Gini Dietrich

Three Reasons Facebook Camera Will Work

By: Gini Dietrich | May 29, 2012 | 

Just a few short weeks after Facebook bought Instagram for $1 billion, the social network has released its own mobile photo sharing app, aptly called Facebook Camera.

It reportedly is just like Instagram, but with a few improvements: It allows full-bleed photos, you can comment and “like” right from the app (instead of going into the Facebook app), it has a few filters, and it moves much faster than the Facebook mobile app.

The Billion Dollar Question

But why build a photo-sharing app when you just dropped a ton of cash on one last month?

It turns out the Instagram deal isn’t quite finished. The FTC is probing the purchase because of competitive reasons. They’re looking into what Instagram could have accomplished on its own and whether or not the deal will hurt competitors, giving Facebook the monopoly in mobile photo-sharing.

They also were likely already working on the Facebook Camera, when Instagram was acquired.

In fact, Facebook Photos product manager, Dirk Stoop confirms, “Instagram CEO Kevin Systrom and his team had nothing to do with building Facebook Camera.”

But the Real Reason

But neither of those are the real reason Facebook went ahead and launched its own mobile photo-sharing app.

Instagram has more than 50 million users, which is great for Facebook. But they have nearly a billion users. And getting those not using Instagram to use the app is likely not a worthwhile venture.

It also means the current Instagram users won’t switch to Facebook Camera (let’s be real; it’s just not as cool).

It’s Not for You or Me

If you’re already an Instagram user, don’t bother with Facebook Camera. It’s not for us.

It’s for the Facebook user who isn’t a social media or technology geek. It’s for the 950 million Facebook users who don’t need another social network nor have the time to download Instagram, attach it to several social networks, begin to build a community there, and flip the photos over to Facebook.

It’s for the Facebook user who is moving away from his or her desktop connection to the phone, to share life’s little moments every day.

I wish I could remember who said it, but somewhere on Facebook this past weekend, a friend’s status said, “Isn’t it funny how we used to avoid our friend’s slideshows after a vacation and now we hungrily search out those photos?”

Things are changing. Mobile is where it’s at. And, rather than try to force 950 million people to use Instagram, why not give them something already incorporated into the social network they’re accustomed to using?

About Gini Dietrich

Gini Dietrich is the founder and CEO of Arment Dietrich, an integrated marketing communications firm. She is the author of Spin Sucks, co-author of Marketing in the Round, and co-host of Inside PR. She also is the lead blogger at Spin Sucks and is the founder of Spin Sucks Pro. Join the Spin Sucks   community!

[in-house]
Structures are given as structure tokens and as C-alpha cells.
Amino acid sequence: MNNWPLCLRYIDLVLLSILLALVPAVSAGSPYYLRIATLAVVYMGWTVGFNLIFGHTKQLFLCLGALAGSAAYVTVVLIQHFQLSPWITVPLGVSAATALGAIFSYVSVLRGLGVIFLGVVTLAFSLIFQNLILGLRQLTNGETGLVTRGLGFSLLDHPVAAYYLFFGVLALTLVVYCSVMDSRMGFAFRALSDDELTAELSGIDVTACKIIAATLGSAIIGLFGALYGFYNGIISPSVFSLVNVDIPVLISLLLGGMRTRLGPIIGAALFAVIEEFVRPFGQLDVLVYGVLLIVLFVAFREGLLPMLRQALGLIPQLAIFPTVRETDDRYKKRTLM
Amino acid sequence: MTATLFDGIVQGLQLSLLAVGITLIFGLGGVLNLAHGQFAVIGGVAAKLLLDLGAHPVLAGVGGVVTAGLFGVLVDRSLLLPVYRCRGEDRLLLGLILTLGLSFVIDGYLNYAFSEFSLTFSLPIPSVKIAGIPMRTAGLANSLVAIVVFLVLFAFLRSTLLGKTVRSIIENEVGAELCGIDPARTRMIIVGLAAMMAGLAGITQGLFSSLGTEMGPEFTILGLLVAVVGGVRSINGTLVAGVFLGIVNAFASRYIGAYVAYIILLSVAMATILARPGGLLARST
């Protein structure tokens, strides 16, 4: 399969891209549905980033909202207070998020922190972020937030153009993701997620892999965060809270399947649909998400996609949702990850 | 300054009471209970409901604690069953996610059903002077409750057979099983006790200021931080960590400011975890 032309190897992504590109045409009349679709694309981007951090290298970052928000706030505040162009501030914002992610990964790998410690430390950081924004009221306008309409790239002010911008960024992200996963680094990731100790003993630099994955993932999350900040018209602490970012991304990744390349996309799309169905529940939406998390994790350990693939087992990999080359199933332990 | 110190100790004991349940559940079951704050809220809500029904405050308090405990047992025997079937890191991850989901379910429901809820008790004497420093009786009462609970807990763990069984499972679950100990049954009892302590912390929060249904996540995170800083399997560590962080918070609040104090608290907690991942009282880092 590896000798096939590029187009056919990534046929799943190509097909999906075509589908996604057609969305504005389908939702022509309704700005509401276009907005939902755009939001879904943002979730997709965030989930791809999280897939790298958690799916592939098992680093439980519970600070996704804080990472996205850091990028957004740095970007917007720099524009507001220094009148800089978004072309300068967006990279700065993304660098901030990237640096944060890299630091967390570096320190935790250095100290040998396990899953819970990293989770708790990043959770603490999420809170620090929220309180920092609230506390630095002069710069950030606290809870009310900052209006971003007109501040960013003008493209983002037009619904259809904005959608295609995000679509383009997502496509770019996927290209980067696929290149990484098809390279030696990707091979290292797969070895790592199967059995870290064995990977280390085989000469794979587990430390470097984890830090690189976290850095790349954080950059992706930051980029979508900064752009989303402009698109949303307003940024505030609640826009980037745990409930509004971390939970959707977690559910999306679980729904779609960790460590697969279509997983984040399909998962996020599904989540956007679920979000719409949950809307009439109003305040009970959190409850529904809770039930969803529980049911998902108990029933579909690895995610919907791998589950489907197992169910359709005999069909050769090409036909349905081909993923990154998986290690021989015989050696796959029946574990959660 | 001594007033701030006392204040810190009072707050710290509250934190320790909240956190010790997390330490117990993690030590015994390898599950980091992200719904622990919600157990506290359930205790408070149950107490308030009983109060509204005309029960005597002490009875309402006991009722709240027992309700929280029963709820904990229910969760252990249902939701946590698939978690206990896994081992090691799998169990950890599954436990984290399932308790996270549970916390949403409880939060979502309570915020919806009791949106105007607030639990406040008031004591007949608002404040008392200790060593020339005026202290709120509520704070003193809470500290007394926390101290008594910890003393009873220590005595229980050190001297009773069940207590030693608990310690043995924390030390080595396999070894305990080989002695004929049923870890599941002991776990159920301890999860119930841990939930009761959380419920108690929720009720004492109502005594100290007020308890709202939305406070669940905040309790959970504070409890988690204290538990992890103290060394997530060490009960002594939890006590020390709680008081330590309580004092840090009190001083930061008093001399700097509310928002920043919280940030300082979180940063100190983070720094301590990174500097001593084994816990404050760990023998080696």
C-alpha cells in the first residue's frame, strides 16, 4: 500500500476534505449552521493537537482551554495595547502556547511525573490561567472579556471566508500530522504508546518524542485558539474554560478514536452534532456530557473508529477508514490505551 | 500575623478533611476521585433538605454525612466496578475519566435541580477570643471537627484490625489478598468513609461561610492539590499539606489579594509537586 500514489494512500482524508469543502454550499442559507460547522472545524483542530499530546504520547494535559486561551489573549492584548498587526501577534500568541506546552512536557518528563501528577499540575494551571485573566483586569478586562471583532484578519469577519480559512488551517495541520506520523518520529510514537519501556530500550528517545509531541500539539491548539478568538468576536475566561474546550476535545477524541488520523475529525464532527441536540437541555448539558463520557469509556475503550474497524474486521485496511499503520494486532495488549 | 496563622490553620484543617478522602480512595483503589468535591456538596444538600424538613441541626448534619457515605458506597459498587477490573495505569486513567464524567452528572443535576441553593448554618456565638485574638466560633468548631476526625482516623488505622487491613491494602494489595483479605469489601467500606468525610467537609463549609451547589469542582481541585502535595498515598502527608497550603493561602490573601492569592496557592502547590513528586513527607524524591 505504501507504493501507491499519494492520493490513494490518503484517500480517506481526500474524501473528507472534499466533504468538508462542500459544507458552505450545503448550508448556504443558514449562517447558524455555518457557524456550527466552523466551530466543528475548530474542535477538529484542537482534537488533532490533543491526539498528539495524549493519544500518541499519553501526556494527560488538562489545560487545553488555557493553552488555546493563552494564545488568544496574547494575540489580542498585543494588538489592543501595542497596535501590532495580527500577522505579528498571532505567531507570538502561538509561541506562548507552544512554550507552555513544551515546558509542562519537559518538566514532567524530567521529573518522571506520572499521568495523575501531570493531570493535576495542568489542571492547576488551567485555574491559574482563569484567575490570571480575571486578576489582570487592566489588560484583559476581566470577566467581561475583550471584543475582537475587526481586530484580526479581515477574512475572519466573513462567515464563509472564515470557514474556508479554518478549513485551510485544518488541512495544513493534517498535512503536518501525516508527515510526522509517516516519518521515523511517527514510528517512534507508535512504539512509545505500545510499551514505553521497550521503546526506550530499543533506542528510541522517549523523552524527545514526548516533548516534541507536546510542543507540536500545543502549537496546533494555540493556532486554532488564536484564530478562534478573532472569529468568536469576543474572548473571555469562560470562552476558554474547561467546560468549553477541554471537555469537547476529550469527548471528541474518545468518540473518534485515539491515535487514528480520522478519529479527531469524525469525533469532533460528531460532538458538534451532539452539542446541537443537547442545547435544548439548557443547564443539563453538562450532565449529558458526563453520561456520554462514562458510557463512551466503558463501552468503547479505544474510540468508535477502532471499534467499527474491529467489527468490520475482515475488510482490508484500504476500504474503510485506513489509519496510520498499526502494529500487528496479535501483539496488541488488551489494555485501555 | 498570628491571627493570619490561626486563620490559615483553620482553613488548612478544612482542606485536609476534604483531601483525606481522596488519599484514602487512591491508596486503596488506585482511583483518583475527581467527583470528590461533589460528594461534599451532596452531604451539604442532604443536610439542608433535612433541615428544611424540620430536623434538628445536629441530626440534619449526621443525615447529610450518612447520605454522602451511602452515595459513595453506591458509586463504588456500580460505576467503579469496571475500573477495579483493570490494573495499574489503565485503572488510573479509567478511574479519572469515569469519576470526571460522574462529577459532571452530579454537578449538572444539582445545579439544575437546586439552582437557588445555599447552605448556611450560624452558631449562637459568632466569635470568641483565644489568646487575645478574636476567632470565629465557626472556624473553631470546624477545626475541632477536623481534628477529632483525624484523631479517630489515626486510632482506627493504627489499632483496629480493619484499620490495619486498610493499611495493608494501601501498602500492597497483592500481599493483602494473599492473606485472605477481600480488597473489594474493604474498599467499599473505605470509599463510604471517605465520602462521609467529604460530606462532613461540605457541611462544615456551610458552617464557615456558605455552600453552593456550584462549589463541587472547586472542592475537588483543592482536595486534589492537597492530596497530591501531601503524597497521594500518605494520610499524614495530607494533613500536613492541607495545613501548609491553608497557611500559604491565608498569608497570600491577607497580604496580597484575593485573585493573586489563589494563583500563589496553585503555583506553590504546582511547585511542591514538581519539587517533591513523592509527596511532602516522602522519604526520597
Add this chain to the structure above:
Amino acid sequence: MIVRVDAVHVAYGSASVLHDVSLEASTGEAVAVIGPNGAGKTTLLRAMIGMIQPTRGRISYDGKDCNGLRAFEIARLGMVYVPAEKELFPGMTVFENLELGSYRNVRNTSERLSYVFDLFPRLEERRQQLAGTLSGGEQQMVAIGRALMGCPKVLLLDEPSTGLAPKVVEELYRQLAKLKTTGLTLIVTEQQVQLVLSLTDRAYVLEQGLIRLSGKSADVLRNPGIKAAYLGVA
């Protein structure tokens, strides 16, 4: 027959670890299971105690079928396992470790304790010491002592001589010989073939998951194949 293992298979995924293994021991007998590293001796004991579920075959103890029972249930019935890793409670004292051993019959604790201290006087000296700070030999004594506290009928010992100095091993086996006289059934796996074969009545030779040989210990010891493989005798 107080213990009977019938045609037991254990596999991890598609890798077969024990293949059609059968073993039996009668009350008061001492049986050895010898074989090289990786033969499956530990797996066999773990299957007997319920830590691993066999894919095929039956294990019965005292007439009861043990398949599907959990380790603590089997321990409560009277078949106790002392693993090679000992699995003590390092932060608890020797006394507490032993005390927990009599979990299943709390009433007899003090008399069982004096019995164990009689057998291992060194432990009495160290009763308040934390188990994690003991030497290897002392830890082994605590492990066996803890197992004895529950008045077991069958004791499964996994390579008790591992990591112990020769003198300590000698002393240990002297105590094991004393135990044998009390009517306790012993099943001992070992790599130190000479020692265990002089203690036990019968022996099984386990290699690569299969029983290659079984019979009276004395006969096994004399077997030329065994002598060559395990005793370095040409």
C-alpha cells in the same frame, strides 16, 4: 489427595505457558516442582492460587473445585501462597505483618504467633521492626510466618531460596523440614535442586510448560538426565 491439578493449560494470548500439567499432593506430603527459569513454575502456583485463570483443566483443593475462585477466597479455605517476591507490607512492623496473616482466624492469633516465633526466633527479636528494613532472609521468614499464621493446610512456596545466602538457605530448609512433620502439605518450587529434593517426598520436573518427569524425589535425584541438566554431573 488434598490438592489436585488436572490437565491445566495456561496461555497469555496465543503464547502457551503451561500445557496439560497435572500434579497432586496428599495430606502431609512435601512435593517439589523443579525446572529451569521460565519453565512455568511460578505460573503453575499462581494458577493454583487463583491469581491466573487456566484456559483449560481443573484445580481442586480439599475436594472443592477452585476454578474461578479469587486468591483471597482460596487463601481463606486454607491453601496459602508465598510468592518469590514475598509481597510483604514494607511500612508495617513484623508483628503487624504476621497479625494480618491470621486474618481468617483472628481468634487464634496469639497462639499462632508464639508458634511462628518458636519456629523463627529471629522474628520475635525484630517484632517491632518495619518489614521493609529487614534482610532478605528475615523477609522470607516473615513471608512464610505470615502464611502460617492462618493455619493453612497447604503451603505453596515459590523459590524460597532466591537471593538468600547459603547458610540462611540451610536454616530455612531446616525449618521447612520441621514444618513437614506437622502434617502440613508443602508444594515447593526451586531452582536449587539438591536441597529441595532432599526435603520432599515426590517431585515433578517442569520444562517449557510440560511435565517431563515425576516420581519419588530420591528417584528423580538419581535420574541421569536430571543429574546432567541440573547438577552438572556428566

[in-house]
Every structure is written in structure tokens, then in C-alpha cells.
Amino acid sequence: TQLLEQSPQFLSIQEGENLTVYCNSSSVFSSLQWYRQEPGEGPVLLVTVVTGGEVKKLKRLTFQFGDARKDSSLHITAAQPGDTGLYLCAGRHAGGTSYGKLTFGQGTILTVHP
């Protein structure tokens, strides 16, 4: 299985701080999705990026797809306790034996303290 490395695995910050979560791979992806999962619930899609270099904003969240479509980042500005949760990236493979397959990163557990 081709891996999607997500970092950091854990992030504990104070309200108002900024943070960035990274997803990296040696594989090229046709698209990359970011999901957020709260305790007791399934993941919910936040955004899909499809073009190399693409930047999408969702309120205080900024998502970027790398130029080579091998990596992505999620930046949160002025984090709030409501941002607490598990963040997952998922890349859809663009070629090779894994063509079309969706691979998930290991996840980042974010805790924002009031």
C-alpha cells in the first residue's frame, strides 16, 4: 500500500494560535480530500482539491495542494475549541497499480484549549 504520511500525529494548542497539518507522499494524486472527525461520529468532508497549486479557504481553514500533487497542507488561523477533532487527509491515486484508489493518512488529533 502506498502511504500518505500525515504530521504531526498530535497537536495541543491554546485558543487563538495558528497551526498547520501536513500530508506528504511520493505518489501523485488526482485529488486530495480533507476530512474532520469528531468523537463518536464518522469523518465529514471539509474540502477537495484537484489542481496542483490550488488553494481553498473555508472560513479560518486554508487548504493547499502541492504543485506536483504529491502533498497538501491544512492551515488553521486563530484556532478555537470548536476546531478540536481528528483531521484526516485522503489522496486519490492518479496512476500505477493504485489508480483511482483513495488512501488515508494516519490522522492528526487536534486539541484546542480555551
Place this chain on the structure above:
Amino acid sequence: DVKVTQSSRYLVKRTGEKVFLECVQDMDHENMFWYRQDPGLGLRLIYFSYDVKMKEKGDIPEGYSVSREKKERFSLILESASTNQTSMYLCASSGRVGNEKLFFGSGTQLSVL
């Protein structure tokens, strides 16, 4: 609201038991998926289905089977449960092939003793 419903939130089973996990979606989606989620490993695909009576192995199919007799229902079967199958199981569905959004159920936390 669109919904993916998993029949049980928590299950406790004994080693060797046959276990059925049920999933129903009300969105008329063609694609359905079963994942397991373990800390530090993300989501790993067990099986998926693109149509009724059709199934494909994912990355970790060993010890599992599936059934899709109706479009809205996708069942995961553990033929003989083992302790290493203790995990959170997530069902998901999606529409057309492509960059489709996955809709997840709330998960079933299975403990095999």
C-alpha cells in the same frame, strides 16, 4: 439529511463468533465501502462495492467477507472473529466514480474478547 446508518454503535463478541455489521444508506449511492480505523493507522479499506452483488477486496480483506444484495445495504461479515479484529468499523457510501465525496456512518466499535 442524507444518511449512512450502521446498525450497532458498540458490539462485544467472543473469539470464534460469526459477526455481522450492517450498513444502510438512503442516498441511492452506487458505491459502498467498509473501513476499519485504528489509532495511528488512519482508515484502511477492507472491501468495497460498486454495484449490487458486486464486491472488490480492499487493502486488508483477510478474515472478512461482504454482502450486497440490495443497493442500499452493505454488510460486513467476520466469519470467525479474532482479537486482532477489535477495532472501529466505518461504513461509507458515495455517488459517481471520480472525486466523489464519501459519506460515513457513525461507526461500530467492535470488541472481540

• Yeah, it’ll work… And hopefully it will draw the teenage girls who post pictures of their fingernails and jailbait shots in bikinis away from instagram! The FB cam will probably be more of a social picture site for stuff like that, rather that the artsy photos on IG.

    Now a quick call out… You say that you’re on instagram, but it’s not like you actually use it more than 4x a year 😛

    •  @SociallyGenius I use it every day. I just don’t connect anything to it. If I want something to go online, I do it manually. I take a lot of shots that don’t turn out so well, so they just sit in my account. 

      • @ginidietrich do you have two IG accounts? Or do you mean they just sit on your camera? Last pic saw posted was 2 weeks ago 🙂

        •  @SociallyGenius  They just sit on my camera in my Instagram app.

  • If I was Instagram I would sabotage the deal and get bought by Apple or Google. Especially since 70% of the deal with in Facebook shares and we know where they are going.
    The one issue I have with all the photo apps is the sharing. I upload a lot of photos to twitter of places and food but rarely of people and never the place I live. because when i upload everyone sees. Same with facebook I stopped adding photos for the most part because often I just have a few people I want to see them and not my whole network.. And when I see instagram uploads on twitter usually it is places and food. So curious if camera will have any privacy controls (i assume not since it is facebook?)
    On a positive note about time Facebook spent some time to improve the user experience vs the brand experience.

    •  @HowieSPM Yes, I’m aware. I joke with shonali that we’re your Facebook because you send the photos to us instead!

      •  @ginidietrich  until camera Facebook really was trying to be the ‘Place you come to spend time with the Brands you really love’ vs ‘the place you come to spend time with the people you really love’